Australian jockey death could boost quest for jockey safety jacket

Paramedics treat Simone Montgomerie

Paramedics treat Simone Montgomerie

The Australian racing community was in shock after the death of a jockey in one of the lead up races to the Darwin Cup. Simone Montgomerie, aged 26, was leading the race on Riahgrand when the horse shied 100 metres from the finish and threw her to the ground before the rest of the field trampled over her.

Paramedics were very quickly on the scene to treat her, but Montgomerie died shortly after arriving at Darwin hospital. Brett Dixon, chairman of the Darwin Turf Club, confirmed the death at a media conference at 5.30pm. He said, “As far as we are concerned, Simone was our family and we are all devastated by this accident."

The incident led local stewards to cancel the last three races on the day’s card, including the Darwin Cup. Chief Steward Lindsay Lane explained the reasoning behind that decision, saying, “The stewards are somewhat concerned given the close nature of the riding community here in Darwin about the effect that it may have on the other riders so we've spoken to the riders. Some of them are quite concerned and quite upset so we've taken the view that the number one priority is safety and well-being of the riding group and we've elected to abandon the meeting. I'm sure that the riders can ride at their best but whether they can ride safely with the fall on their mind, the stewards aren't totally convinced. The common sense thing to do is to call the meeting off. It's very unfortunate for the club. It's unfortunate for the public that they won't be able to see the running of the 2013 Darwin Cup today but safety going forward is our number one concern and hence we've taken the decision that we have."

Champion jockey in Australia, Kerrin McEvoy has ridden many times for Montgomerie’s father, Peter, including 200 Melbourne Cup winner Brew. He and Simone grew up in the same place where they competed against each other in pony club events. He spoke for the whole racing world when he said, “My condolences go to the Montgomerie family. It’s just a tragedy.”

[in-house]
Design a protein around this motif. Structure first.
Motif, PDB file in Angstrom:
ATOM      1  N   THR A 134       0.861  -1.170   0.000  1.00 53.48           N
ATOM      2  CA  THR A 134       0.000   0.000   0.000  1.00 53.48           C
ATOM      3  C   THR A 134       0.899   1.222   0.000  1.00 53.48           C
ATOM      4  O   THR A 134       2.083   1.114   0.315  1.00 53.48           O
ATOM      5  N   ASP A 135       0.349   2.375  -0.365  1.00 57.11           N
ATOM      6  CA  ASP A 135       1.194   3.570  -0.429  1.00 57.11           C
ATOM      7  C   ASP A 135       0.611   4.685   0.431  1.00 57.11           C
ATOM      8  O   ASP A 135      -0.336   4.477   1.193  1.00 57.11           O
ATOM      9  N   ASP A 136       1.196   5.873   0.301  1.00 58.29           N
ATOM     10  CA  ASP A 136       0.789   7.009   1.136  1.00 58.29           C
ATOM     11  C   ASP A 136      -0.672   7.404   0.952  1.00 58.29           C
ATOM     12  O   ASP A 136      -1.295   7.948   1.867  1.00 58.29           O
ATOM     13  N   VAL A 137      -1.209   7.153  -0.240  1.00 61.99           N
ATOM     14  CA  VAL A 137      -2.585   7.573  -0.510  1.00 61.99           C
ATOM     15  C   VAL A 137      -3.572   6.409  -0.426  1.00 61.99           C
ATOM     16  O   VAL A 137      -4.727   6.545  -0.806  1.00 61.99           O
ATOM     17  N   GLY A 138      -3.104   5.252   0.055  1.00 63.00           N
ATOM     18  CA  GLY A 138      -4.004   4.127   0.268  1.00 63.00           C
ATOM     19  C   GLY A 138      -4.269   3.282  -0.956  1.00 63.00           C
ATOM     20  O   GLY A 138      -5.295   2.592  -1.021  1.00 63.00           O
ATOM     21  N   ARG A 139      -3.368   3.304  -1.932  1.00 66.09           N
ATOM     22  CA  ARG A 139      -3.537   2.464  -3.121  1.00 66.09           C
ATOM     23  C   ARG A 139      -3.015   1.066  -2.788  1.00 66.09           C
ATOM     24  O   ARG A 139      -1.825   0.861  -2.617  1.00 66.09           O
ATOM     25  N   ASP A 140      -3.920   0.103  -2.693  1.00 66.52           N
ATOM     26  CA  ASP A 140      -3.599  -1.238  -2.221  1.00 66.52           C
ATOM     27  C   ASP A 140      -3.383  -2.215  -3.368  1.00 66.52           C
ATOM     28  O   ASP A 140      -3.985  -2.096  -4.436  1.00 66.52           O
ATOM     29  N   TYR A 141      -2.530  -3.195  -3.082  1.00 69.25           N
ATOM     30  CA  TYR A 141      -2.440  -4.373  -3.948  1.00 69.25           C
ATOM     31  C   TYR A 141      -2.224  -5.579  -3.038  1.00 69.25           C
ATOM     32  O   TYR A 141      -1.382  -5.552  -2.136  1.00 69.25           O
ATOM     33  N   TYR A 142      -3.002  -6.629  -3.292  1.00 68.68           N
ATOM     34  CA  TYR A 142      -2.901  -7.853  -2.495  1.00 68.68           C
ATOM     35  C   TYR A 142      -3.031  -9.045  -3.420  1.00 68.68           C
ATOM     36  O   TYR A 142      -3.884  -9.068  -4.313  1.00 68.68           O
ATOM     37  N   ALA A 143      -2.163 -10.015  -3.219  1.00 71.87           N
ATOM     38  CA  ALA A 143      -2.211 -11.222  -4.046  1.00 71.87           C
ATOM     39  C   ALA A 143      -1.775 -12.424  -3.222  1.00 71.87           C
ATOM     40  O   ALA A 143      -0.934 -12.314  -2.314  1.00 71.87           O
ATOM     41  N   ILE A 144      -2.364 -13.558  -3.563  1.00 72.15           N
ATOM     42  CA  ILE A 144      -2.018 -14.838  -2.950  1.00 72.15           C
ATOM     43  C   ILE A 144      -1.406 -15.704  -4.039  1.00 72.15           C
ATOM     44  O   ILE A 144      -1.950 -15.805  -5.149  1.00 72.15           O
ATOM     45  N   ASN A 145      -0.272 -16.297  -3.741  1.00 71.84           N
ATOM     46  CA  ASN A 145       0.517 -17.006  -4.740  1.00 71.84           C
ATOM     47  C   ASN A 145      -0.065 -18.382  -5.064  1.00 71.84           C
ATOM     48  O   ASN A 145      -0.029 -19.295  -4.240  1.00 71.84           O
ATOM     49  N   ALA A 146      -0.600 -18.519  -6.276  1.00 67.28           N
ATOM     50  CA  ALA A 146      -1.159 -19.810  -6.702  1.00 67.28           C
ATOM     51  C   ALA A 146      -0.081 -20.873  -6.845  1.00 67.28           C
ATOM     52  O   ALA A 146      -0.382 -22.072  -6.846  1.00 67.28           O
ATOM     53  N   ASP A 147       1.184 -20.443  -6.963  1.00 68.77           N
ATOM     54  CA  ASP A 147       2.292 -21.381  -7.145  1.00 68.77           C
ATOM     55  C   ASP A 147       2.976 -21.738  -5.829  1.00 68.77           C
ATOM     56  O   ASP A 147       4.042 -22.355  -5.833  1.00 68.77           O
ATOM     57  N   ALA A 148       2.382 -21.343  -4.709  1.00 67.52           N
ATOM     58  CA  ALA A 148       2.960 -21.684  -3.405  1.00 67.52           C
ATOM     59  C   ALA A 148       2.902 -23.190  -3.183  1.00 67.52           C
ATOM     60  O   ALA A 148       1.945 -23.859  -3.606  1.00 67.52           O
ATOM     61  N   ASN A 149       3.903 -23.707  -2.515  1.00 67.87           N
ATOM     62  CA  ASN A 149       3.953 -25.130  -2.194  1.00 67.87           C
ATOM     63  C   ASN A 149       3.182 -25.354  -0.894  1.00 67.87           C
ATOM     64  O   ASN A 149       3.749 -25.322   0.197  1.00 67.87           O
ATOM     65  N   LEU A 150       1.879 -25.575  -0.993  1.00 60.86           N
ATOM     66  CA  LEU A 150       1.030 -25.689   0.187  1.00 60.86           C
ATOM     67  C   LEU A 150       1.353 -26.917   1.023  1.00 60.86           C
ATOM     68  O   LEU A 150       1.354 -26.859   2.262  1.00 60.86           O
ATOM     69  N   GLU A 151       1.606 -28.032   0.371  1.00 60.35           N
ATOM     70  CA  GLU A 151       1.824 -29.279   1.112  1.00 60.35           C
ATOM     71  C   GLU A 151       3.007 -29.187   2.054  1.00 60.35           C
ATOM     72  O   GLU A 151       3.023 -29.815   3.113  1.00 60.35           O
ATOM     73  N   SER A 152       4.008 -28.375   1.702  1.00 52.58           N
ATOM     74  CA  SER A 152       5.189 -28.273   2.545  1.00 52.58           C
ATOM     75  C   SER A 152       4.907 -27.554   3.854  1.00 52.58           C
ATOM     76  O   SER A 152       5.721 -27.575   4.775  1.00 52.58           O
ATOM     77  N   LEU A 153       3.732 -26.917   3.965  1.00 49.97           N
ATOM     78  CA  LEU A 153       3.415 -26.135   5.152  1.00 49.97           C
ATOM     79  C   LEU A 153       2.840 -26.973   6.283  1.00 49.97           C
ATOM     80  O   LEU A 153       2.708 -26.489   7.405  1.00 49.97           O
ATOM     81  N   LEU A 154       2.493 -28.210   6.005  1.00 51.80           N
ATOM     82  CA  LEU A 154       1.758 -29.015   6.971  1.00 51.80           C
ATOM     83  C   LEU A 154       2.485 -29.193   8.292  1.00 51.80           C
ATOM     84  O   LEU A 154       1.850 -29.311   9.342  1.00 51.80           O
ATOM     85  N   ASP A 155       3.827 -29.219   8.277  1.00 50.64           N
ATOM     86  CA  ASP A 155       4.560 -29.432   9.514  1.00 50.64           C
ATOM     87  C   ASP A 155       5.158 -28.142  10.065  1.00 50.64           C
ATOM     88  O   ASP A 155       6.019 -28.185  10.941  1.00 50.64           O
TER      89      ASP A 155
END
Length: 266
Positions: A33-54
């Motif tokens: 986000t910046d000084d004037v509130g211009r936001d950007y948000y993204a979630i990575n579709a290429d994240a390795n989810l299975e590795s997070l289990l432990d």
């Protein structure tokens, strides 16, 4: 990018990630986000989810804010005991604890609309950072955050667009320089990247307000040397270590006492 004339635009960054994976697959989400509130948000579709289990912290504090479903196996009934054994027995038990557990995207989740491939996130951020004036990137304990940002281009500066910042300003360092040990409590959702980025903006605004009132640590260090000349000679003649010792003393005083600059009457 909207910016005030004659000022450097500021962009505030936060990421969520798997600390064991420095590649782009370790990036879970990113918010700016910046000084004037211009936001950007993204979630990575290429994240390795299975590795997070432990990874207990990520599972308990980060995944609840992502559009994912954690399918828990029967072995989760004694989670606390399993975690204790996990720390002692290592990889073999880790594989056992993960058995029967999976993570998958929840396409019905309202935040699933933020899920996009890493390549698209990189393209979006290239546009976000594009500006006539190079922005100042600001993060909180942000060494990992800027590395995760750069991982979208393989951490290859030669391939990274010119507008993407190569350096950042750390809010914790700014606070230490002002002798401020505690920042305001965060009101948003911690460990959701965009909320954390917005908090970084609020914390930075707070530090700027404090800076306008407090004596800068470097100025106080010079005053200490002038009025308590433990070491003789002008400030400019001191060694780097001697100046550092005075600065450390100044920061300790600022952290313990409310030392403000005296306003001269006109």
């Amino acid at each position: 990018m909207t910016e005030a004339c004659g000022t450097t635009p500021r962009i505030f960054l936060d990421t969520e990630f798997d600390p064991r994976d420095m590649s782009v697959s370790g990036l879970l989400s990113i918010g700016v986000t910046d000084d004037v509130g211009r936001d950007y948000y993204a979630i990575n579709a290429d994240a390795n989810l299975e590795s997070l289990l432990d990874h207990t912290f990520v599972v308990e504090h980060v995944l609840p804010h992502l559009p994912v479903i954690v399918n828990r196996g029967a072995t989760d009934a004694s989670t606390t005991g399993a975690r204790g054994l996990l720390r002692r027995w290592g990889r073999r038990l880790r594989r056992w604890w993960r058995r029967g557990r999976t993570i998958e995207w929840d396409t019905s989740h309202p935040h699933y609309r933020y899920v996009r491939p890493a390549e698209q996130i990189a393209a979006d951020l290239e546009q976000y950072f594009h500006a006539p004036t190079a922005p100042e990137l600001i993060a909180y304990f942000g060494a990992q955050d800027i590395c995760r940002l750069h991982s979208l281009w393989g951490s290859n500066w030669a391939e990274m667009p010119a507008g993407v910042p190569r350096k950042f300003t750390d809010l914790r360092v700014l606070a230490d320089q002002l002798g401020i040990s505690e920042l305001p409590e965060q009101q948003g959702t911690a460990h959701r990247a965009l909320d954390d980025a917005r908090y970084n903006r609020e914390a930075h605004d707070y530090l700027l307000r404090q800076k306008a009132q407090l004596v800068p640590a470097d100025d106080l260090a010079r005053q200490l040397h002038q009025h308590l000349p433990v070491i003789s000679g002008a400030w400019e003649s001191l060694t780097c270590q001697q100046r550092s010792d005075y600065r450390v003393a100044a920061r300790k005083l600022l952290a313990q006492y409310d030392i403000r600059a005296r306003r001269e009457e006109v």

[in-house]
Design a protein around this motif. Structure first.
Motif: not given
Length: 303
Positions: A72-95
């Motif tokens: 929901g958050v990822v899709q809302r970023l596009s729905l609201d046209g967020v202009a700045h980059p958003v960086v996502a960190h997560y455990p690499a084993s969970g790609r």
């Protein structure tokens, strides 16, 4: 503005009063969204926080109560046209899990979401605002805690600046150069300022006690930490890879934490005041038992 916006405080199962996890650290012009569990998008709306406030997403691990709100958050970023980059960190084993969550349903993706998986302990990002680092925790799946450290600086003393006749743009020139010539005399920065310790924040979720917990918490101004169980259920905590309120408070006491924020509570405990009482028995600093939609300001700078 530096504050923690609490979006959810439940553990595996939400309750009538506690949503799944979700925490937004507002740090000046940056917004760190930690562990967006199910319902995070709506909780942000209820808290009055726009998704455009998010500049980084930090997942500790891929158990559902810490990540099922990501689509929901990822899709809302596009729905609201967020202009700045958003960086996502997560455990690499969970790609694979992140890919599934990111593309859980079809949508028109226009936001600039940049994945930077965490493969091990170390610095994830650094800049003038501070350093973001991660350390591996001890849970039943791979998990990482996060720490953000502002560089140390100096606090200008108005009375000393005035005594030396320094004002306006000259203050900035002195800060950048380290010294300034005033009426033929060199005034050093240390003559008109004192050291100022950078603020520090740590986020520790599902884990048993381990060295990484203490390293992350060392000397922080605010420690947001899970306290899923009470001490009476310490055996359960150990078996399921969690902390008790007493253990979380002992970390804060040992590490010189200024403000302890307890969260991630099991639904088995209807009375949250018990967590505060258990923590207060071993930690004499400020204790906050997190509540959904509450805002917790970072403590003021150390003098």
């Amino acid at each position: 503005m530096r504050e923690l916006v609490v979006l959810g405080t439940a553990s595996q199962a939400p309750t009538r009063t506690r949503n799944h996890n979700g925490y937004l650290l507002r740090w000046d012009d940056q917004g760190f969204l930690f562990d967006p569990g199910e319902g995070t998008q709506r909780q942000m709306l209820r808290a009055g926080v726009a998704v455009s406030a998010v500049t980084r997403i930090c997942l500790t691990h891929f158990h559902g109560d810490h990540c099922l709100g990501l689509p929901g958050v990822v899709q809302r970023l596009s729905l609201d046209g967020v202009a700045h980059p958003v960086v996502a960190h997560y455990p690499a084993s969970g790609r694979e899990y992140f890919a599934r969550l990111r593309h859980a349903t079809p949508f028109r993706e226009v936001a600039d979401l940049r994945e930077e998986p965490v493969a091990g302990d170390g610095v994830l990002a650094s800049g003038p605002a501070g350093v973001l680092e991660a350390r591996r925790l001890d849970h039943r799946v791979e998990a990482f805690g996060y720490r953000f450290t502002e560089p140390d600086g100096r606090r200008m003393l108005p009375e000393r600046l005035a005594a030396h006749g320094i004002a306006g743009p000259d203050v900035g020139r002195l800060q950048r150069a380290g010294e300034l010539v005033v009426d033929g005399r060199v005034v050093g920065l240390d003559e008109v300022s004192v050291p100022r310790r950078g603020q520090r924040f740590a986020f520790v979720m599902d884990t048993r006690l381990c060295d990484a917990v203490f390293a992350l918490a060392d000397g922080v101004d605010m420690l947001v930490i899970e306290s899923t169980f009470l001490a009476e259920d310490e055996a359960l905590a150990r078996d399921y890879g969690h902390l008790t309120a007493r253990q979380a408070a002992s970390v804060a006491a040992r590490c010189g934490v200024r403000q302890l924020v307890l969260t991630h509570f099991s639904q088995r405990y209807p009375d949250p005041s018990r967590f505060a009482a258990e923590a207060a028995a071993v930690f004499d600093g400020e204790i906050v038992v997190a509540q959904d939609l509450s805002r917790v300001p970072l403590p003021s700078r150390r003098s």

There’s the possibility of less serious consequences from falls in the future. Kauto Star’s dressage trainer/rider Laura Collett suffered a serious fall from her horse Tis A Beauty at Tweseldown horse trials last month. She told BBC Sport after she came out of a six-day coma that “Paramedics said the air jacket Ii was wearing probably saved my life.” As it is, she has several broken bones and damage to her liver.

Now Collett is recovering at Oaksey House, the Injured Jockey’s Fund run centre in Lambourn. She said that the day of her fall is a complete blank, before reflecting on how fortunate she was in comparison with others, particularly Brain Toomey, who had also been placed in an induced coma after his fall at Perth at the beginning of July.

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She said, “That's where you can be very lucky. You can have someone else who's fallen and be in a worse condition. Thankfully, he seems to be making progress. It was amazing to see the support he's getting as well and fingers crossed, he keeps improving.”

The air jacket that could save lives

The air jacket that could save lives

The air jacket works in a similar way to an aircraft life jacket. It’s attached to the saddle with a lanyard, and if the rider falls, the lanyard activates a trigger to puncture a CO2 canister. The jacket then inflates and gives some protection to the neck, spinal column and body.

Point Two, the company that makes them, is working with the British Horseracing Authority and the Injured Jockeys’ Fund to develop a jacket for use in jump racing. General Manager Julian Westway said that they hoped “to develop an air bag standard for jockeys as there is growing understanding of the protection that could be offered in the event of a fall. The jackets have been tested for a wide range of features including inflation speed, pressure at inflation, impact tests, area of coverage, and ergonomics to ensure the jockeys could still tuck and roll.”

Clearly, they are not there yet, but yesterday’s tragic events in Australia, along with the falls involving Colette and Toomey, serve to remind us once again of the inherent risks in riding and the need to continually seek ways of reducing that risk for jockeys.

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